Still, there are mixed signals. Defense Department officials have continued to warn of sequestration’s devastating effects. Those calls have come as recently as Oct. 19, when Defense Secretary Leon Panetta reminded a Hampton Roads, Va., audience that such cuts would jeopardize defense operations and that Congress must act to overturn the measure, which is mandated by last year’s Budget Control Act.
 
“There’s still time to prevent sequestration,” Panetta said, according to a DOD statement. “Let me be clear, no one wants this to happen…but for God’s sake, don’t just kick this can down the road.”  Read full article.

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Oct 3, 2012

Agency chief acquisition officers are not playing a big role in planning for sequestration or even future budget cuts.

An exclusive Federal News Radio survey of federal CAOs and senior procurement executives found 57 percent of the respondents said they are not preparing for smaller budgets.
 
Joe Jordan, the administrator of the Office of Federal Procurement Policy, said the survey responses weren't that surprising.
 
"With the budget situation overall, agencies have some good foreknowledge usually into what their agency's budget will look like," Jordan said in an exclusive interview on In-Depth with Francis Rose. "The important thing is to make sure that planning is integral to the acquisition process overall, make sure agencies are doing good acquisition forecasting, creating robust plans and conducting the appropriate market research, so they can cast a wide net for new businesses that can deliver the goods and services they need in the best possible way." Read full article.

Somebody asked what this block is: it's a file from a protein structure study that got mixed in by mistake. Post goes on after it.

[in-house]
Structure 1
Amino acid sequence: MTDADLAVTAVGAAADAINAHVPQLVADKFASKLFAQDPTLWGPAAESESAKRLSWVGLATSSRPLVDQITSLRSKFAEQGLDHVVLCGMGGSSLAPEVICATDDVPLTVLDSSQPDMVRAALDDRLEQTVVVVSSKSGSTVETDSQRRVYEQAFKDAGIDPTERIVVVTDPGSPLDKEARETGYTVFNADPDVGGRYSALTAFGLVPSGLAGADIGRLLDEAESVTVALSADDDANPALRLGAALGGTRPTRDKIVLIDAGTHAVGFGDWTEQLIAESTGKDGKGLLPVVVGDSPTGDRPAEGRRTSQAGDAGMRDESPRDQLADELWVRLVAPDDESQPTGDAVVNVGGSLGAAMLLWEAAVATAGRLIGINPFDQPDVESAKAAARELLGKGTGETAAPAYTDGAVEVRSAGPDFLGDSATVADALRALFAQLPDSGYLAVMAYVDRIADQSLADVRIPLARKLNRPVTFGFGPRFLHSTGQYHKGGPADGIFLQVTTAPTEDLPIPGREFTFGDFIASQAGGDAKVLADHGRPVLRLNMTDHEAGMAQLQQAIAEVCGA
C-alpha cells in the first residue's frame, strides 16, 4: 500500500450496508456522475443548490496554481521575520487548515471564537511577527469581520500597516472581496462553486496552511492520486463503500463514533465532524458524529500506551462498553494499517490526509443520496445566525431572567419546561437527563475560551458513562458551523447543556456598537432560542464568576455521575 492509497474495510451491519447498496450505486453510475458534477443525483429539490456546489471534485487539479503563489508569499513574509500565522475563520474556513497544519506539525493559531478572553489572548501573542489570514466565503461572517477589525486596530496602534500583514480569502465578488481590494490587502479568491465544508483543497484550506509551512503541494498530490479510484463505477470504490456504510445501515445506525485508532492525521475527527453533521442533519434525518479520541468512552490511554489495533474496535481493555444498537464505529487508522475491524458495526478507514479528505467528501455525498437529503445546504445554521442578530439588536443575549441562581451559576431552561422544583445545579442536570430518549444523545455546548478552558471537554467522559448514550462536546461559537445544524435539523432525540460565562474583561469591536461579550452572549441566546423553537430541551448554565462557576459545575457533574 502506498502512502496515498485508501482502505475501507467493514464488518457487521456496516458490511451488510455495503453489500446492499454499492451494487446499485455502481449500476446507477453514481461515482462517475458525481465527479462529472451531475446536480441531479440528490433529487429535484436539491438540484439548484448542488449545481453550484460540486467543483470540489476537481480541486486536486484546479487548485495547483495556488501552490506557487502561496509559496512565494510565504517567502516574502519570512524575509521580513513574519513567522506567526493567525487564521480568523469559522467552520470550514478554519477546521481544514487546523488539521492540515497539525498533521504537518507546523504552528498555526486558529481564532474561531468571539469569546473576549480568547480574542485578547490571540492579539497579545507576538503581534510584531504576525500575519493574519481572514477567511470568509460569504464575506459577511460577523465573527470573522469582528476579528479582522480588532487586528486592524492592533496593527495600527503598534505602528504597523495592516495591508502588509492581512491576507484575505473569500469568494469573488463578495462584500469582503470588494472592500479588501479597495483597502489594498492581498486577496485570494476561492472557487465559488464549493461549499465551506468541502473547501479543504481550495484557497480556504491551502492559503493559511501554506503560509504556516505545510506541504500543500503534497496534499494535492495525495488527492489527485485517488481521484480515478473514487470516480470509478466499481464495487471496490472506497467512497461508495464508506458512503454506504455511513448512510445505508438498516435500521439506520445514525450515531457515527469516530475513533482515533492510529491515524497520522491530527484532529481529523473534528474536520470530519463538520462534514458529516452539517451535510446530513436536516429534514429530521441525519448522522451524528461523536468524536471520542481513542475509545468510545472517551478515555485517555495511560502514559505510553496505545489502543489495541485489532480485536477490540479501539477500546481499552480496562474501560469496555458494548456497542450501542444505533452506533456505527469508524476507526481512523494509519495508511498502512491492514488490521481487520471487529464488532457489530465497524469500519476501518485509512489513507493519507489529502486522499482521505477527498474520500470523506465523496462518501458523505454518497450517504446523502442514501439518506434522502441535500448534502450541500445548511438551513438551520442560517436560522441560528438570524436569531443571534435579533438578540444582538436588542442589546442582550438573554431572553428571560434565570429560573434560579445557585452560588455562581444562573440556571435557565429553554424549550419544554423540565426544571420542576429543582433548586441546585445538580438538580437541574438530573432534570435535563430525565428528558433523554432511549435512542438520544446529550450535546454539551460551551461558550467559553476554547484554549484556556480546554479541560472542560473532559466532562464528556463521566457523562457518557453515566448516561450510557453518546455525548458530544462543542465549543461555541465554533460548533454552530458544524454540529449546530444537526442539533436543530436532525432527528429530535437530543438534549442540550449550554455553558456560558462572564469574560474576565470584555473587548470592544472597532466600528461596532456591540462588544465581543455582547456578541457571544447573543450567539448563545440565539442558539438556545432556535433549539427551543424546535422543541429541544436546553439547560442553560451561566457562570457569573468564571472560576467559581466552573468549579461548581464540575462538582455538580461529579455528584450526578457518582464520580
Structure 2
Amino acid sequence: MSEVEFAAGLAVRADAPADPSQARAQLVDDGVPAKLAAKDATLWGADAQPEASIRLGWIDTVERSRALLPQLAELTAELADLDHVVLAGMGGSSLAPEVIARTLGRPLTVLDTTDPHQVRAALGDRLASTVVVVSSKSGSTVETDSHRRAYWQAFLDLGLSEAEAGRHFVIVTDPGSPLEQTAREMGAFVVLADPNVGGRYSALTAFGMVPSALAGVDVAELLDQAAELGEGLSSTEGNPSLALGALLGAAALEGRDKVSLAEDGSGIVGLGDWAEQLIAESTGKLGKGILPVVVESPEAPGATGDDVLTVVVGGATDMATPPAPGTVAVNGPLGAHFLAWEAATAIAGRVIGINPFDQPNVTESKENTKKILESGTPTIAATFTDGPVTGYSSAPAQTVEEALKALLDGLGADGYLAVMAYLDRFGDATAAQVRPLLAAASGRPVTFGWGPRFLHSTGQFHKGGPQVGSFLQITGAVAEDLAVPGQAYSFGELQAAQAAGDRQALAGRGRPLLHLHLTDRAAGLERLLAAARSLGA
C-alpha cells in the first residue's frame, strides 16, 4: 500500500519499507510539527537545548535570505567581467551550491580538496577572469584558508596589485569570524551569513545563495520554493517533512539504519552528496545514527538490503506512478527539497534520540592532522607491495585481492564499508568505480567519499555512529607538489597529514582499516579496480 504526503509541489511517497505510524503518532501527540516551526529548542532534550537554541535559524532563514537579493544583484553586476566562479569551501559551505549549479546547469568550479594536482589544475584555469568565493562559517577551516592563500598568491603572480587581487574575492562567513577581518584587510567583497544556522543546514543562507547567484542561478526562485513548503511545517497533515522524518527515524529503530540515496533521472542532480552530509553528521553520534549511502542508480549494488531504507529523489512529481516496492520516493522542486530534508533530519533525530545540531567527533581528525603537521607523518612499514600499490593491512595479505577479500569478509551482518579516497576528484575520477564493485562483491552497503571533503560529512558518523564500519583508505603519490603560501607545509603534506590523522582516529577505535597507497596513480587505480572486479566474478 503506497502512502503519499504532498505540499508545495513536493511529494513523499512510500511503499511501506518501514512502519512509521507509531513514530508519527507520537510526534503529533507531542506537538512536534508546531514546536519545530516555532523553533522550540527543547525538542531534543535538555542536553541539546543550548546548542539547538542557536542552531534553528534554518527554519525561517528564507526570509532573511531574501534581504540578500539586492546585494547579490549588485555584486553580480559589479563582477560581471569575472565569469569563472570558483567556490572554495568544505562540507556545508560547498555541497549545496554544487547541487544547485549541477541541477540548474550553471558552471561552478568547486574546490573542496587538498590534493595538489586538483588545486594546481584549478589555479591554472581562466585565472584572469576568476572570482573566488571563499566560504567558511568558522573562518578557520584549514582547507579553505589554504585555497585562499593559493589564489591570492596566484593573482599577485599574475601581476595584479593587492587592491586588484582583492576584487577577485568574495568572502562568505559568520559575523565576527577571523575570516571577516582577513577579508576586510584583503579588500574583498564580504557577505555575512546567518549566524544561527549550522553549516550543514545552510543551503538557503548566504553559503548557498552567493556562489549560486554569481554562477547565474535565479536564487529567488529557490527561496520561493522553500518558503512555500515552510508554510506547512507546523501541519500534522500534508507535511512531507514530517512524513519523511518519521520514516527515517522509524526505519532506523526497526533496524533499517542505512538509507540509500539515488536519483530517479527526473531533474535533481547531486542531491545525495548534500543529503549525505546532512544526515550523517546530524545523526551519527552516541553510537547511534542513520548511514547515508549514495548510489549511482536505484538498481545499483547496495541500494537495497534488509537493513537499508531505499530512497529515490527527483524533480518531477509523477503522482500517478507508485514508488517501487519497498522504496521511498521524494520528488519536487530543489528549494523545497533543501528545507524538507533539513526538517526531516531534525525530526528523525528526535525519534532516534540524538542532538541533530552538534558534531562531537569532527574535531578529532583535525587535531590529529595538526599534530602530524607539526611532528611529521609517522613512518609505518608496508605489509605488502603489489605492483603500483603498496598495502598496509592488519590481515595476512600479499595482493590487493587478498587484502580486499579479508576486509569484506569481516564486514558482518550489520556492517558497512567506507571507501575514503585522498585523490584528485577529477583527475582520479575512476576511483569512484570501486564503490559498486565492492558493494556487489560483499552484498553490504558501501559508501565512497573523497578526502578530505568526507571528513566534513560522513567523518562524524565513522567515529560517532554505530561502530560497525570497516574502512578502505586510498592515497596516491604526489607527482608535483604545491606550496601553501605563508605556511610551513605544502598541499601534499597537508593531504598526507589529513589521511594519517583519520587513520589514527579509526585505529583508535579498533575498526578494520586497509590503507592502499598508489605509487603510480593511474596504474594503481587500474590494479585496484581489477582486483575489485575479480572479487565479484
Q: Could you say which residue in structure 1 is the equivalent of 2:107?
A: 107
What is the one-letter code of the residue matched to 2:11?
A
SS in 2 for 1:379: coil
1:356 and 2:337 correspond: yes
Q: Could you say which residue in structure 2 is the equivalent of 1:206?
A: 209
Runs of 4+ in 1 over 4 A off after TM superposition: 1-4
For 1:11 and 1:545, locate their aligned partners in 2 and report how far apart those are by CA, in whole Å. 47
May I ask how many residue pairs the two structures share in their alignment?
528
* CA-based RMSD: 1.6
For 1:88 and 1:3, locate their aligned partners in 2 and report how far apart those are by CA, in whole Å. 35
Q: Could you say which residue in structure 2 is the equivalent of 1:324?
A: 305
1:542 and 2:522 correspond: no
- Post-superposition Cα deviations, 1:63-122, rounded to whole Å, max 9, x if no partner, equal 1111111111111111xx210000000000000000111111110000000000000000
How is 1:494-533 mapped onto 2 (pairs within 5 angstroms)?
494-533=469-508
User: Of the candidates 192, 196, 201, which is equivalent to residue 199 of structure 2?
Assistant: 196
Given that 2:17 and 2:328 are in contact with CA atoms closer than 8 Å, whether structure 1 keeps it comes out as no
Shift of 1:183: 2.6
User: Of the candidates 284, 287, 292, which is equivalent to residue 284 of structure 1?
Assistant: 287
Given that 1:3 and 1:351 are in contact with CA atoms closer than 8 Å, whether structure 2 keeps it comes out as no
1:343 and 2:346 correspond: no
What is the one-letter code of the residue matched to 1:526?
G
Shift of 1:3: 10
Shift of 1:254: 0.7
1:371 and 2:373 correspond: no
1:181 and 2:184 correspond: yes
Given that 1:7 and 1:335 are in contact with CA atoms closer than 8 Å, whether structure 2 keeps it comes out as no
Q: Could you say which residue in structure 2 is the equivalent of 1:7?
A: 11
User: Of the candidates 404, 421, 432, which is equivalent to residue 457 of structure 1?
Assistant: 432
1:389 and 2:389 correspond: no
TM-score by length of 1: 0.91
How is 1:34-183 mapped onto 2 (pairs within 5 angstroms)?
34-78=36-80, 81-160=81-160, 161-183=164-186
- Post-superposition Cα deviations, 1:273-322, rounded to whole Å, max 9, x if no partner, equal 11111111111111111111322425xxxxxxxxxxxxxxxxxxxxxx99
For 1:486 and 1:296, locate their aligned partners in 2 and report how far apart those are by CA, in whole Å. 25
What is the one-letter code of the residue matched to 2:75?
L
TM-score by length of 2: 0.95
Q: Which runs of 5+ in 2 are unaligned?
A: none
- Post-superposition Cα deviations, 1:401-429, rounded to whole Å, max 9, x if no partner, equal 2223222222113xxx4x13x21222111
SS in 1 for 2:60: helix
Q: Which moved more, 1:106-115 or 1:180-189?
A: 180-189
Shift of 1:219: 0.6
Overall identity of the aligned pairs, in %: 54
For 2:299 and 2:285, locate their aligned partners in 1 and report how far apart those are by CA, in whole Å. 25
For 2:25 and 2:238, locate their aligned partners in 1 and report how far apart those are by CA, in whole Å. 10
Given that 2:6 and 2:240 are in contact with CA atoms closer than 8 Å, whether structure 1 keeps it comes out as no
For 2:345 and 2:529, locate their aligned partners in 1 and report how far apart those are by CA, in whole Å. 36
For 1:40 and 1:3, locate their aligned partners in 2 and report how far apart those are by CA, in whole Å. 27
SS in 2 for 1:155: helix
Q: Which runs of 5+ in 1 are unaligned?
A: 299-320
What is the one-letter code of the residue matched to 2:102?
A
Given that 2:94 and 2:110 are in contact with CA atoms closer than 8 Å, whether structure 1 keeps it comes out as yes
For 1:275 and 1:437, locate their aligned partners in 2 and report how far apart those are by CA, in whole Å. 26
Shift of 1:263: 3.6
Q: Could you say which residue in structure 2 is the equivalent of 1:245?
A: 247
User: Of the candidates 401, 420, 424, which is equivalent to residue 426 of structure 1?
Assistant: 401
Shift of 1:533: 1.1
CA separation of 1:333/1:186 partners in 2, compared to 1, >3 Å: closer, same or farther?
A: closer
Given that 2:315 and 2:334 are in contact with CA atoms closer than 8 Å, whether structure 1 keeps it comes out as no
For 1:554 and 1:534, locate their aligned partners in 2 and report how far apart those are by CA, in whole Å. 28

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Jul 17, 2012
Sequestration - the automatic across-the-board cuts that will occur if an agreement cannot be reached regarding the nation's deficit.  These cuts would go into effect on January 1, 2012.  These defense cuts would take place over the span of a decade, amounting to $500 billion.

Prime Contractors in the defense industry are warning of massive layoffs, with Lockheed Martin threatening to layoff up to 123,000 personnel should sequestration occur.  Meanwhile, lobbying expenses from military contractors has increased by 11.5%, for a total of $15.9 million, in the first quarter of 2012 compared to the same quarter in 2011.  Northrop Grumman and Lockheed Martin increased their spending by 51% and 25% respectively.

Defense Secretary Leon Panetta made a plea to Congress in the end of June urging Congress to prevent sequestration budget cuts from threatening "the programs critical to our nation's security." 

Acting Office of Management and Budget (OMB) Director Jeffrey Zients has agreed to testify before his committee on the looming defense cuts.  This hearing will occur two weeks after the scheduled July 18 hearing in which members of the defense industry will discuss the impact of sequestration cuts on U.S. companies.

A majority of Democrats and Republicans (which includes the Obama administration) are opposed to the sequestration cuts, but both parties have so far failed to reach an agreement on the alternatives they could implement to replace the cuts.

By: Ira Evangelista, GovPartners Market Analyst